If God doesn't keep the bad stuff from happening, how can we not fear? How can we really trust Him to protect us when we know He lets us fall?

I asked my psychologist that same question a few months ago. He asked me to consider what it was I was actually trusting God for. As I considered it and we talked about it, I suddenly remembered something I'd written after another tough season over a decade ago:

August, 2002
About a month ago I asked a question about regaining the blind faith I realized I'd lost. I don't know that you do get that same "blind" faith back, but I think maybe what you do gain is even more valuable. I don't have that same naivety. But somehow my trust is actually, I believe, even stronger. Somehow I think trusting having seen the danger that's out there is more valuable than "trusting" while oblivious to it. It doesn't take much trust if you don't see the dangers.... Kind of strange to explain, but the faith I'm finding I have now is even more sustaining. I think that before all this I trusted Him to keep me from falling. It seems quite naïve, but it really didn't dawn on me how precarious of a position this life is or how hard a fall He might actually let me take. Now I trust Him to keep me in the fall and I think that's more than trusting Him to keep me from the fall.


As I think about that, my mind goes back to that roller coaster. My favorite part of the ride is that moment of weightlessness at the top where you feel like you're flying. But falling is still part of the ride; part of the plan. When that safety bar was locked into place and the ride started moving, I knew I was going to fall. No question. But I wasn't scared because I trusted those arms – greater than mine – to hold me in place during the fall. You see, they weren't there to keep me from the fall, but to keep me in the fall. Huh. Just like my journal entry.

That's the truth I need to hold onto:

God won't always keep me from the fall... but He will always keep me in the fall.

He promised through Moses:

"The LORD is the one who goes ahead of you; He will be with you.
He will not fail you or forsake you.
Do not fear or be dismayed."
(Deuteronomy 31:8)

Truth is, that coaster was falling. I was falling. But I wasn't falling alone and that made all the difference. The arms were there to ensure I was held safely in the fall... controlled within the boundaries set by the creators; not flailing around on my own. I trusted the arms... I trusted the creators and their design – even though I had no idea what was ahead or how exactly it all worked. I trusted... and I enjoyed the ride.

Is that kind of trust easy in real life? No. Carl couldn't trust the coaster and spent the entire ride desperately wanting to abandon ship. And if I'm honest, there are times in this life when the ride gets a little rough and my head bangs against the safety bar and I think "This isn't so fun! I'm scared and I don't understand what's happening. Get me off – now!"

But that fear... it gets my attention... it asks what it is I'm trusting... and it points out where I'm not trusting. I've had to wrestle with that more than once. If I'm honest, I still wrestle with it. And I will most likely wrestle with it the rest of my life. That kind of trust just isn't easy. At all. But when you've wrestled it to the ground (yet again), for that moment you can actually grasp it... it's amazing.

The rest of that entry from August, 2002:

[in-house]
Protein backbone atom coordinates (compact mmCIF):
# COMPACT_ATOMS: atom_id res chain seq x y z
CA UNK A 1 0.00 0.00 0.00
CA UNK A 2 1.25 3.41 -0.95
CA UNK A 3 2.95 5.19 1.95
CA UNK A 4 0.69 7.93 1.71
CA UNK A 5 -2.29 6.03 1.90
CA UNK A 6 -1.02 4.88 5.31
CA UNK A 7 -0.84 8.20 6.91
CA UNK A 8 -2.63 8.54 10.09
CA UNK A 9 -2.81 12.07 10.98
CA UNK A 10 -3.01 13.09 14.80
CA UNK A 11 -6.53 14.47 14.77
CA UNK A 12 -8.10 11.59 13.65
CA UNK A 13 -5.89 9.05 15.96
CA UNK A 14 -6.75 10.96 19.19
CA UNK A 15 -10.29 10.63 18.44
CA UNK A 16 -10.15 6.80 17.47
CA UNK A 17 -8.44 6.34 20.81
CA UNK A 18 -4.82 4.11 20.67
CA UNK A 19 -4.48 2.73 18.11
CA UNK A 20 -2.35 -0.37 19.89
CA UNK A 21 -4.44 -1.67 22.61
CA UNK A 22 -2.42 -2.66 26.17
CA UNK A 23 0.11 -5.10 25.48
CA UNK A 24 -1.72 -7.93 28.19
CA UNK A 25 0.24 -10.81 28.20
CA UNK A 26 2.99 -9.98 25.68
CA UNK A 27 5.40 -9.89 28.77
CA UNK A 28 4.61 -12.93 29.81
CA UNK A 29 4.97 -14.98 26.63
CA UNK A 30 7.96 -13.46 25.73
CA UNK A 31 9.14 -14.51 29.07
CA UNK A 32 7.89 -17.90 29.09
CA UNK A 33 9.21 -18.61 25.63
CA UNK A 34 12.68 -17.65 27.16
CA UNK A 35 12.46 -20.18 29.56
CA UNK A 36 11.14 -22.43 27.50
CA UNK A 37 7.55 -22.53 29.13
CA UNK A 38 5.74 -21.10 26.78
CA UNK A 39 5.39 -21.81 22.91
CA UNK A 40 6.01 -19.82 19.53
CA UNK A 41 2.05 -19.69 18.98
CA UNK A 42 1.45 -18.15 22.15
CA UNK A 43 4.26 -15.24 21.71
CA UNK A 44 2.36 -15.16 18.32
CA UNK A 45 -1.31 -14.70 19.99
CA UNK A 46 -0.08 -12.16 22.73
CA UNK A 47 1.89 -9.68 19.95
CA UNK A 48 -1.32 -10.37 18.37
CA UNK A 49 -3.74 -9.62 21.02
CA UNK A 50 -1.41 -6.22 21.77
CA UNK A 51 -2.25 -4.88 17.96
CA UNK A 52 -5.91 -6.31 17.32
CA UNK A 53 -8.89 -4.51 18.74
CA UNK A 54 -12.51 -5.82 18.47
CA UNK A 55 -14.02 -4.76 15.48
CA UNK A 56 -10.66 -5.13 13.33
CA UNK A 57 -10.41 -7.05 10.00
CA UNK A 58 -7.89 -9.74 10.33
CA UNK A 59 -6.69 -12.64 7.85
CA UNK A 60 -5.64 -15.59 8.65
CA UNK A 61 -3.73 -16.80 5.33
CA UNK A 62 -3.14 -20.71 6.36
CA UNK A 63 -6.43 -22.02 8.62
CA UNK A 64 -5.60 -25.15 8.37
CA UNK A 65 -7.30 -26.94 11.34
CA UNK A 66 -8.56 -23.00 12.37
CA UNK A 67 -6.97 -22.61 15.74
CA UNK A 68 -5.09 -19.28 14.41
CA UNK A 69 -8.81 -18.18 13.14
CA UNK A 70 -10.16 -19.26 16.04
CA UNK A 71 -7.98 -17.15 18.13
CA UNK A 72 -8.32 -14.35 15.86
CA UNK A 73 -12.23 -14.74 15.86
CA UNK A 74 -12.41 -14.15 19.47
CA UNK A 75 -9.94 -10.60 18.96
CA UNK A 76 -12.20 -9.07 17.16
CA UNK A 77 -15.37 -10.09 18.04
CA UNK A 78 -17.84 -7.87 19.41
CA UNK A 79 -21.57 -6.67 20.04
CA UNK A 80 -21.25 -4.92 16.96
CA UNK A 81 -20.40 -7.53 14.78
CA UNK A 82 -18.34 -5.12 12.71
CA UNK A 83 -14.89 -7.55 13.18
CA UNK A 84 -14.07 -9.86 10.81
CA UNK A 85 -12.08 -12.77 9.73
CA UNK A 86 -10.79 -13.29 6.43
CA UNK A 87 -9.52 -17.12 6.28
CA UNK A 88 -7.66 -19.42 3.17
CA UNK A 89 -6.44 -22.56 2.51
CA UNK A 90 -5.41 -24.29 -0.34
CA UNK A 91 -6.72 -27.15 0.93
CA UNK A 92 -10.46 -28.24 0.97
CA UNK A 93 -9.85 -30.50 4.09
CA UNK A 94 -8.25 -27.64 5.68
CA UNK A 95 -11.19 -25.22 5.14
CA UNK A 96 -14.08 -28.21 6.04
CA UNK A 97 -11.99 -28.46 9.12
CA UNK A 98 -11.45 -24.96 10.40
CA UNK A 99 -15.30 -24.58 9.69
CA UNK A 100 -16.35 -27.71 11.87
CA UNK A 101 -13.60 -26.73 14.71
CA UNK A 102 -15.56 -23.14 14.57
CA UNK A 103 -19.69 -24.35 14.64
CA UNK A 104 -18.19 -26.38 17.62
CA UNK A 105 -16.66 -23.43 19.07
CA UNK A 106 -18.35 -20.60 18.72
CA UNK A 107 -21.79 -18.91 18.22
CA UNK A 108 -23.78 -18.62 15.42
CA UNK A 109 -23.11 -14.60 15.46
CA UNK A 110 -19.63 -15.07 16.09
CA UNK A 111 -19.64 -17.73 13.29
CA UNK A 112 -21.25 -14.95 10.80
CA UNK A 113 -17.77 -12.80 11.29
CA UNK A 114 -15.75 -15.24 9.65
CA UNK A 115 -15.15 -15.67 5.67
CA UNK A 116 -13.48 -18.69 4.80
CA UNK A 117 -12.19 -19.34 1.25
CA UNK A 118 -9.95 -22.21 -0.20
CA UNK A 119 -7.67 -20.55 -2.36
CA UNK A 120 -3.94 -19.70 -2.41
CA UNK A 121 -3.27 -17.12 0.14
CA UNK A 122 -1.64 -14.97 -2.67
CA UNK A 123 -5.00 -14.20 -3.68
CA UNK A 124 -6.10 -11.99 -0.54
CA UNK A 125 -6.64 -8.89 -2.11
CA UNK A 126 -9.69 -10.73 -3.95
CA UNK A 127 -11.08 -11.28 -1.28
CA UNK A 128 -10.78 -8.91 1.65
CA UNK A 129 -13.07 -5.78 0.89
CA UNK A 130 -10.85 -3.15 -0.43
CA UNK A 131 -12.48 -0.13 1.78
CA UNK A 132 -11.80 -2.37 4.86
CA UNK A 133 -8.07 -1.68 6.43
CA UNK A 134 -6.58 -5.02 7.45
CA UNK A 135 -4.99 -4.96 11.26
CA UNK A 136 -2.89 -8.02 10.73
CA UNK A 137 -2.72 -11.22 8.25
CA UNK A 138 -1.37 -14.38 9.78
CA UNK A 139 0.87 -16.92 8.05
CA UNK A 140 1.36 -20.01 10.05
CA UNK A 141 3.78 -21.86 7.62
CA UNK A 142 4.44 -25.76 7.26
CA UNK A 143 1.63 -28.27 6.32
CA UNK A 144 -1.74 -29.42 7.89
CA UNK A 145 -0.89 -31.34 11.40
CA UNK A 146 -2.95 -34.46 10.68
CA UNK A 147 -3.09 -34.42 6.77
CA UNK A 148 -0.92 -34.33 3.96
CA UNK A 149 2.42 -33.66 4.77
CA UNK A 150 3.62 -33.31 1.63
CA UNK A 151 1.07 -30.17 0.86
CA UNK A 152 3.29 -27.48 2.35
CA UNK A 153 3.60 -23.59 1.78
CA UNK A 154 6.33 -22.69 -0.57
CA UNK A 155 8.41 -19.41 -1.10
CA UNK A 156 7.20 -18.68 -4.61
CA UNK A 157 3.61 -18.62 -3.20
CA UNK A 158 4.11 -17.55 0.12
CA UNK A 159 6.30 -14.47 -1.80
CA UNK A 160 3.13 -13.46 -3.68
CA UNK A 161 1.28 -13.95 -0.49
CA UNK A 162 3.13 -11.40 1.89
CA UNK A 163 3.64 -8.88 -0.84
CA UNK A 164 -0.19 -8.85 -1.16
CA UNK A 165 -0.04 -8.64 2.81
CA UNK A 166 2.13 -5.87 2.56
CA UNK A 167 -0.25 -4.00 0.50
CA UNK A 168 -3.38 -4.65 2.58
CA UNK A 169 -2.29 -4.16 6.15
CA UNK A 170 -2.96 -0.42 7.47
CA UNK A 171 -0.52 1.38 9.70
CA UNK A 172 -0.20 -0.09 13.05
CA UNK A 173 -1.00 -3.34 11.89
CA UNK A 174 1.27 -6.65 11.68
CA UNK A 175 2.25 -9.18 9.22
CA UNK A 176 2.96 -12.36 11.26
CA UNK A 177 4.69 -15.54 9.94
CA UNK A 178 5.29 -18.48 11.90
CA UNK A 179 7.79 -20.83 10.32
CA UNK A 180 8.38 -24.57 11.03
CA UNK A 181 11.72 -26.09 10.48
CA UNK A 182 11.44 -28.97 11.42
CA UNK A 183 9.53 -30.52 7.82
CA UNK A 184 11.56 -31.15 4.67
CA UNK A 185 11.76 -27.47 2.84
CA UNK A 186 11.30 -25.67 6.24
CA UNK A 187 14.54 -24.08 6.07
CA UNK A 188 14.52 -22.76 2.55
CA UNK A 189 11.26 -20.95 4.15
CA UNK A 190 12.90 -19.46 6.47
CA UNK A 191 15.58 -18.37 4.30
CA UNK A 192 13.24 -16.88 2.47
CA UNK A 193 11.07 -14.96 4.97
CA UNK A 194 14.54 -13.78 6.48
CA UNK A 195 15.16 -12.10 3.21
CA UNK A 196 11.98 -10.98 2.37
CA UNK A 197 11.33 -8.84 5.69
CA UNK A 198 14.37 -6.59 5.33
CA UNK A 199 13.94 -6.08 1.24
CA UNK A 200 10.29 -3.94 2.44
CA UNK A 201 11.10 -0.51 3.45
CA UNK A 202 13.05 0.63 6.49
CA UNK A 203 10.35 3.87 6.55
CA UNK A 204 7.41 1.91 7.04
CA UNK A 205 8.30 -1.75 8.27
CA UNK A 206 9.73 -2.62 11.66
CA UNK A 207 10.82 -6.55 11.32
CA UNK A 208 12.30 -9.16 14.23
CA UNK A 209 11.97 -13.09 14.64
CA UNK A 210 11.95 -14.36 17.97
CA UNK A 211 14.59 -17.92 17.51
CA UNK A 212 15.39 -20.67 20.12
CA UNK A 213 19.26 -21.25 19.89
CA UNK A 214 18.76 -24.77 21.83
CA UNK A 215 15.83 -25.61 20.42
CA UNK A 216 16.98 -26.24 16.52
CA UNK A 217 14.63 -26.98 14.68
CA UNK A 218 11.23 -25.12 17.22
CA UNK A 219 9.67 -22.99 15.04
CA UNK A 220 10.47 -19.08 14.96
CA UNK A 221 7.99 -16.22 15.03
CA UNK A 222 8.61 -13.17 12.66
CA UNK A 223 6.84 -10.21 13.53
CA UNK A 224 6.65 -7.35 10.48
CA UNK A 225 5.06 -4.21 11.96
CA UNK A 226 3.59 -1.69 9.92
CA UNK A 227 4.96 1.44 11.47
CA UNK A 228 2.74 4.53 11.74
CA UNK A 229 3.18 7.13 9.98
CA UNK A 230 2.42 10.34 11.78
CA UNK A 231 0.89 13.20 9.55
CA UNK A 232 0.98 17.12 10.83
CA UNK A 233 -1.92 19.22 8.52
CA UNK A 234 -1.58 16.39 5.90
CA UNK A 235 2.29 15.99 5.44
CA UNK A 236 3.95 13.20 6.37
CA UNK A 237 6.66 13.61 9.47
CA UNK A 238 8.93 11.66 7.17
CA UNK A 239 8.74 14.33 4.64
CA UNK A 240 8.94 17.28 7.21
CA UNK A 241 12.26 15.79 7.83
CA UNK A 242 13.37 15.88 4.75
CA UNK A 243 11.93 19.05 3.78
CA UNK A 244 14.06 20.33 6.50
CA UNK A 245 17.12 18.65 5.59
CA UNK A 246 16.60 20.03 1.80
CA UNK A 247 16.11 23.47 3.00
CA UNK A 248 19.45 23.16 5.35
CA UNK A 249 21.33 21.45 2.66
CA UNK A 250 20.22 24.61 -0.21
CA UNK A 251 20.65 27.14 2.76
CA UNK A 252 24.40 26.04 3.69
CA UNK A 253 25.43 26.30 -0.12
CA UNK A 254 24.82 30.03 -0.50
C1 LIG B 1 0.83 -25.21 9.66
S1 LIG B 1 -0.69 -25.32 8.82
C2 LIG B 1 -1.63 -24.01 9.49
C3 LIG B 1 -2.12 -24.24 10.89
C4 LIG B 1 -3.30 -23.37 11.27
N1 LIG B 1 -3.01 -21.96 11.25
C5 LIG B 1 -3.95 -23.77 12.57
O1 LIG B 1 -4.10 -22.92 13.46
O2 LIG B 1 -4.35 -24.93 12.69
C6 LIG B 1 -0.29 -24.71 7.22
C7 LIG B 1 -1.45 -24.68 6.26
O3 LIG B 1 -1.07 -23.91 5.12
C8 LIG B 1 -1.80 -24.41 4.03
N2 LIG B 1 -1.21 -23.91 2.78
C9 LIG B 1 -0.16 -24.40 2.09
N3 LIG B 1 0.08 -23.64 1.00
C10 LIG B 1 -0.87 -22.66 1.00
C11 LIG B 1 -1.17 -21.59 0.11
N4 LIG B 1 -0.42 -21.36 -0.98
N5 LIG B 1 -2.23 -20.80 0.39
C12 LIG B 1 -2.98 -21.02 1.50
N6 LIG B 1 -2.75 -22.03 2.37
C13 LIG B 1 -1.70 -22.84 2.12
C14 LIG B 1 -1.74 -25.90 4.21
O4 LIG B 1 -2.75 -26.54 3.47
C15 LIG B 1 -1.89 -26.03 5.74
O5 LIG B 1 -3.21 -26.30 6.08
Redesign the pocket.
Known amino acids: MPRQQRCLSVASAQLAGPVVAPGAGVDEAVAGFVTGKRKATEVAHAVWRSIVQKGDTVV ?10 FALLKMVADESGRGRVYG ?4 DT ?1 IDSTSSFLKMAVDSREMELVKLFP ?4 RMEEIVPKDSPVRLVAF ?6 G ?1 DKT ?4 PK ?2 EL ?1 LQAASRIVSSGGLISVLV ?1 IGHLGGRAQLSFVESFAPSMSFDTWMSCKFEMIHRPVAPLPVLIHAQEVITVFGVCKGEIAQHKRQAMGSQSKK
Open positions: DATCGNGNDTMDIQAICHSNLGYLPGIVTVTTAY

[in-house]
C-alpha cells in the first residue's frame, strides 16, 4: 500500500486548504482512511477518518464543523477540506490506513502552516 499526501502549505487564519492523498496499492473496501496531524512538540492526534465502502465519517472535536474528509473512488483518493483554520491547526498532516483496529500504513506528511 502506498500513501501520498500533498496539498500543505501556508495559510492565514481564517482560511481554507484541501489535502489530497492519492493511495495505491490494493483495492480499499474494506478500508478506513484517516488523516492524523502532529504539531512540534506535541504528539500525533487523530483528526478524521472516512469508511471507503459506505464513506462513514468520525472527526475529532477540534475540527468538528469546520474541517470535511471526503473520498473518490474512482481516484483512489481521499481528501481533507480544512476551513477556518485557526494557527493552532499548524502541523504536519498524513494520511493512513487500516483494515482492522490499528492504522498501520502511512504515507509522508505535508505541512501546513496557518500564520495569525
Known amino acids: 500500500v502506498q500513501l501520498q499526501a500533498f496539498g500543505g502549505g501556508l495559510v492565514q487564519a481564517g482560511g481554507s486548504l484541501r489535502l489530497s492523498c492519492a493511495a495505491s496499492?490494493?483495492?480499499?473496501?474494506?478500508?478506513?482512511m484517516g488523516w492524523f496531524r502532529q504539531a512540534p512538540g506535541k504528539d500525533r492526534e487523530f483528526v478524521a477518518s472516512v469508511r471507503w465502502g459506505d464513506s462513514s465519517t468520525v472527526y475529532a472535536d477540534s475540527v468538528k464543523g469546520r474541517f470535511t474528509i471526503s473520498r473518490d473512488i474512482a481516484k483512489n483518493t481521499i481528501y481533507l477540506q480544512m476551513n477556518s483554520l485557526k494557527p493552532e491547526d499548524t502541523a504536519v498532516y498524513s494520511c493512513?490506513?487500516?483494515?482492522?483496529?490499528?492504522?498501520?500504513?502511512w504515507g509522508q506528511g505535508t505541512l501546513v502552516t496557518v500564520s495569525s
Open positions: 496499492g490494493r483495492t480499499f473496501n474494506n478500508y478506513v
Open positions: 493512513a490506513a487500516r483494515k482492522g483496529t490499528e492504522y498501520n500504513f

Now I KNOW bad things can happen... and yet there's more peace and trust than I ever remember really having before. I don't have any more answers now than I did at the point when I was angry, when I was throwing accusations God's way, or when I realized I'd lost my trust. And I can't tell you where that anger and distrust went. Only that it's gone. Only that once I admitted it, God took it. And in its place is a faith, but a different faith. Maybe it's kind of like the difference between believing what you can see and believing even when you can't see anything. Maybe it's the difference between just being oblivious and actually trusting. I don't know... but for the first time in my life, I don't have to look for answers. I'm NOT looking for answers, not trying to figure out the game plan. I don't need to know. My sense of well-being isn't based on figuring it out and knowing where He's taking me or why He's doing what He's doing. I'm at rest, at peace. I am just content to be.

You see... the psalmists had it right:

Those who trust in the Lord are like Mount Zion, which cannot be shaken but endures forever.
(Psalms 125:1)

... we rise up and stand firm.
(Psalms 20:8, NIV)

So as I wrap up this series on 31 Days of Fear (& Truth) I'd just encourage you to ask, "What is it that my fear is revealing?" Are you trusting yourself, leaning on your own understanding (Proverbs 3:5)? Or are you trusting Someone greater than yourself?

Father God, thank You for this journey of looking into my fears and for the things You've shown me through it. I have to admit that it's still hard to trust sometimes. It's easy to look at the pain of the past and think I need to protect myself. It's easy to get scared and brace for impact. But help me to remember that the fall is part of the ride. Without it, there would never be that moment of flying. And while You may not keep me from the fall, You will always be there keeping me in the fall. You're the Creator. You've laid out the course and set the parameters. And I can trust Your arms to keep me safely within them. I will struggle with that, at times, Father. Probably more often than not. But I know that even in the struggle You hold me. And I want to be able to hear You say, "Buckle up!" and look into Your eyes with a smile, throw my hands up in the air and say...
"I'm in... let's fly!"

Fear: I am afraid of falling.

  • Fear reveals something about my faith and trust.
  • Fear gives me the opportunity to stop and ask,
    "Am I trusting in myself? Or Someone greater?"
  • We fear because we're trusting in the wrong things. (Psalms 20:7-8)
  • We fear because we're not fully trusting in the right things. (Psalms 20:7-8)
  • God won't always keep me from the fall (John 16:33)... but He will always keep me in the fall. (Deuteronomy 31:8)
  • Those who trust in the Lord cannot be shaken but will endure forever. (Psalms 125:1)
  • Trusting in God allows me to stand firm. (Psalms 20:7-8)


Note: This post is part of a 31-day writing challenge. Click here to see the rest of the posts on my 31 Days of Fear (and Truth).